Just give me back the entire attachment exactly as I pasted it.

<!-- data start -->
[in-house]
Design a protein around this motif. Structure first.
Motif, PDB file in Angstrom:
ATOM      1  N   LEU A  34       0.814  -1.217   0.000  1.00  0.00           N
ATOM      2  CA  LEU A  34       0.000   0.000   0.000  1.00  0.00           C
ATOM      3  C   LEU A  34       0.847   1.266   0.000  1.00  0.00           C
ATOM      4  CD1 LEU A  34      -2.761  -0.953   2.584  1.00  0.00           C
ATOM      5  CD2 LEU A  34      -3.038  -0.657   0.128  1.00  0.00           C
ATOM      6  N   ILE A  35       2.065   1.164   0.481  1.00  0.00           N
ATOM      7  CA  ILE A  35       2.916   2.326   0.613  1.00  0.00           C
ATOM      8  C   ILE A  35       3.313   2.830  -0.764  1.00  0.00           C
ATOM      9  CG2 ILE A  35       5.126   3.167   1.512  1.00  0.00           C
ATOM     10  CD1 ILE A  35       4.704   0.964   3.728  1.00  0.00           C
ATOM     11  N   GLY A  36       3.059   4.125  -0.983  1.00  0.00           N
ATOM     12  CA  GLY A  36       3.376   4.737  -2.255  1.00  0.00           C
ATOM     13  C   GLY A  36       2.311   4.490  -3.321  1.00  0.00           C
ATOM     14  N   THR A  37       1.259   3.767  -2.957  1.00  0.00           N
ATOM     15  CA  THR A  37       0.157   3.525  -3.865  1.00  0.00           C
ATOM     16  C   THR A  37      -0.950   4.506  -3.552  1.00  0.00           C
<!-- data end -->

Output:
[in-house]
Design a protein around this motif. Structure first.
Motif, PDB file in Angstrom:
ATOM      1  N   LEU A  34       0.814  -1.217   0.000  1.00  0.00           N
ATOM      2  CA  LEU A  34       0.000   0.000   0.000  1.00  0.00           C
ATOM      3  C   LEU A  34       0.847   1.266   0.000  1.00  0.00           C
ATOM      4  CD1 LEU A  34      -2.761  -0.953   2.584  1.00  0.00           C
ATOM      5  CD2 LEU A  34      -3.038  -0.657   0.128  1.00  0.00           C
ATOM      6  N   ILE A  35       2.065   1.164   0.481  1.00  0.00           N
ATOM      7  CA  ILE A  35       2.916   2.326   0.613  1.00  0.00           C
ATOM      8  C   ILE A  35       3.313   2.830  -0.764  1.00  0.00           C
ATOM      9  CG2 ILE A  35       5.126   3.167   1.512  1.00  0.00           C
ATOM     10  CD1 ILE A  35       4.704   0.964   3.728  1.00  0.00           C
ATOM     11  N   GLY A  36       3.059   4.125  -0.983  1.00  0.00           N
ATOM     12  CA  GLY A  36       3.376   4.737  -2.255  1.00  0.00           C
ATOM     13  C   GLY A  36       2.311   4.490  -3.321  1.00  0.00           C
ATOM     14  N   THR A  37       1.259   3.767  -2.957  1.00  0.00           N
ATOM     15  CA  THR A  37       0.157   3.525  -3.865  1.00  0.00           C
ATOM     16  C   THR A  37      -0.950   4.506  -3.552  1.00  0.00           C